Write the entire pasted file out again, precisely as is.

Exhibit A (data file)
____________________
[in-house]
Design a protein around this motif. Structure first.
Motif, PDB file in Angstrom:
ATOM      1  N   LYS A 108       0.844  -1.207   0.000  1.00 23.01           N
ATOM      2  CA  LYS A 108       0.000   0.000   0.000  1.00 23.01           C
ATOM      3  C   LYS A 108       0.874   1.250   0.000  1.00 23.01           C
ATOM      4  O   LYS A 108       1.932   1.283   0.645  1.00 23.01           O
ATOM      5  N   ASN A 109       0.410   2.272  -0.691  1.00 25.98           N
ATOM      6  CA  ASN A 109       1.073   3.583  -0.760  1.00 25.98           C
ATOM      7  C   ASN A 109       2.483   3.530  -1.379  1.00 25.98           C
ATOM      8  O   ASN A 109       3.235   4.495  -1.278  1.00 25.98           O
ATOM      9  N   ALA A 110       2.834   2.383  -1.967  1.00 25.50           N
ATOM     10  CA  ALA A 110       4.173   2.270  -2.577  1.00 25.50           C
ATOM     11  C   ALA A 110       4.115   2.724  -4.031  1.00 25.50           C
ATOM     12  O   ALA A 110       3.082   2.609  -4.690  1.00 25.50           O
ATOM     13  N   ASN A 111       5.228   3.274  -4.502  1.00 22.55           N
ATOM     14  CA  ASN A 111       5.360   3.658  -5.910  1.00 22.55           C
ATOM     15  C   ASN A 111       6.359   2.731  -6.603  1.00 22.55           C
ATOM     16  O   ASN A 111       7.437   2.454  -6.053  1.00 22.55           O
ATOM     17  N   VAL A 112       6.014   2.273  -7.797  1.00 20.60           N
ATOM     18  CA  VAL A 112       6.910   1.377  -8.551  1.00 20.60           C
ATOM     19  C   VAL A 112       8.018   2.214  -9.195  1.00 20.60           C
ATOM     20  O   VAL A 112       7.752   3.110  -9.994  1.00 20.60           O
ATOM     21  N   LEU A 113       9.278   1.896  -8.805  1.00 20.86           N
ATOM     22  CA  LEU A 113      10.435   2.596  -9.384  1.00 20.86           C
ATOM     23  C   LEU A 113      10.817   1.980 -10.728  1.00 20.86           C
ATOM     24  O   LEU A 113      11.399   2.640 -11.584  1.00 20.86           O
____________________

[in-house]
Design a protein around this motif. Structure first.
Motif, PDB file in Angstrom:
ATOM      1  N   LYS A 108       0.844  -1.207   0.000  1.00 23.01           N
ATOM      2  CA  LYS A 108       0.000   0.000   0.000  1.00 23.01           C
ATOM      3  C   LYS A 108       0.874   1.250   0.000  1.00 23.01           C
ATOM      4  O   LYS A 108       1.932   1.283   0.645  1.00 23.01           O
ATOM      5  N   ASN A 109       0.410   2.272  -0.691  1.00 25.98           N
ATOM      6  CA  ASN A 109       1.073   3.583  -0.760  1.00 25.98           C
ATOM      7  C   ASN A 109       2.483   3.530  -1.379  1.00 25.98           C
ATOM      8  O   ASN A 109       3.235   4.495  -1.278  1.00 25.98           O
ATOM      9  N   ALA A 110       2.834   2.383  -1.967  1.00 25.50           N
ATOM     10  CA  ALA A 110       4.173   2.270  -2.577  1.00 25.50           C
ATOM     11  C   ALA A 110       4.115   2.724  -4.031  1.00 25.50           C
ATOM     12  O   ALA A 110       3.082   2.609  -4.690  1.00 25.50           O
ATOM     13  N   ASN A 111       5.228   3.274  -4.502  1.00 22.55           N
ATOM     14  CA  ASN A 111       5.360   3.658  -5.910  1.00 22.55           C
ATOM     15  C   ASN A 111       6.359   2.731  -6.603  1.00 22.55           C
ATOM     16  O   ASN A 111       7.437   2.454  -6.053  1.00 22.55           O
ATOM     17  N   VAL A 112       6.014   2.273  -7.797  1.00 20.60           N
ATOM     18  CA  VAL A 112       6.910   1.377  -8.551  1.00 20.60           C
ATOM     19  C   VAL A 112       8.018   2.214  -9.195  1.00 20.60           C
ATOM     20  O   VAL A 112       7.752   3.110  -9.994  1.00 20.60           O
ATOM     21  N   LEU A 113       9.278   1.896  -8.805  1.00 20.86           N
ATOM     22  CA  LEU A 113      10.435   2.596  -9.384  1.00 20.86           C
ATOM     23  C   LEU A 113      10.817   1.980 -10.728  1.00 20.86           C
ATOM     24  O   LEU A 113      11.399   2.640 -11.584  1.00 20.86           O